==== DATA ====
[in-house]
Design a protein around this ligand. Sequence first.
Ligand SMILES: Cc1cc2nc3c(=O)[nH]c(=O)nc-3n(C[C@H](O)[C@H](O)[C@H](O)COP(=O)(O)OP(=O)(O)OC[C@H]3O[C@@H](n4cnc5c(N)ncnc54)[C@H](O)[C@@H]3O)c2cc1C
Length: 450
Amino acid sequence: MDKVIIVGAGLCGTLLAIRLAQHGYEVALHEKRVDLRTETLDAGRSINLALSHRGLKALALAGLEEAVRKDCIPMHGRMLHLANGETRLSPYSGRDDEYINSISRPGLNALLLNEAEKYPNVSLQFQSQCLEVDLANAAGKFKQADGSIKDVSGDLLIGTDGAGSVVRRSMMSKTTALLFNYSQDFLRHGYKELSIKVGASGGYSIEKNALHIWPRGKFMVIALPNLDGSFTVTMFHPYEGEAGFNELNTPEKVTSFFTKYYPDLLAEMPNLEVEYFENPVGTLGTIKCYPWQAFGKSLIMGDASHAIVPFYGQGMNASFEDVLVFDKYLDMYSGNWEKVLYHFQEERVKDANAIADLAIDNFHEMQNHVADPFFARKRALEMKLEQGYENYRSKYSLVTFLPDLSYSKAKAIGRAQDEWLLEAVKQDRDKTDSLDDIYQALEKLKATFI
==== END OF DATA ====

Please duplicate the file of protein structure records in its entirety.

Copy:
[in-house]
Design a protein around this ligand. Sequence first.
Ligand SMILES: Cc1cc2nc3c(=O)[nH]c(=O)nc-3n(C[C@H](O)[C@H](O)[C@H](O)COP(=O)(O)OP(=O)(O)OC[C@H]3O[C@@H](n4cnc5c(N)ncnc54)[C@H](O)[C@@H]3O)c2cc1C
Length: 450
Amino acid sequence: MDKVIIVGAGLCGTLLAIRLAQHGYEVALHEKRVDLRTETLDAGRSINLALSHRGLKALALAGLEEAVRKDCIPMHGRMLHLANGETRLSPYSGRDDEYINSISRPGLNALLLNEAEKYPNVSLQFQSQCLEVDLANAAGKFKQADGSIKDVSGDLLIGTDGAGSVVRRSMMSKTTALLFNYSQDFLRHGYKELSIKVGASGGYSIEKNALHIWPRGKFMVIALPNLDGSFTVTMFHPYEGEAGFNELNTPEKVTSFFTKYYPDLLAEMPNLEVEYFENPVGTLGTIKCYPWQAFGKSLIMGDASHAIVPFYGQGMNASFEDVLVFDKYLDMYSGNWEKVLYHFQEERVKDANAIADLAIDNFHEMQNHVADPFFARKRALEMKLEQGYENYRSKYSLVTFLPDLSYSKAKAIGRAQDEWLLEAVKQDRDKTDSLDDIYQALEKLKATFI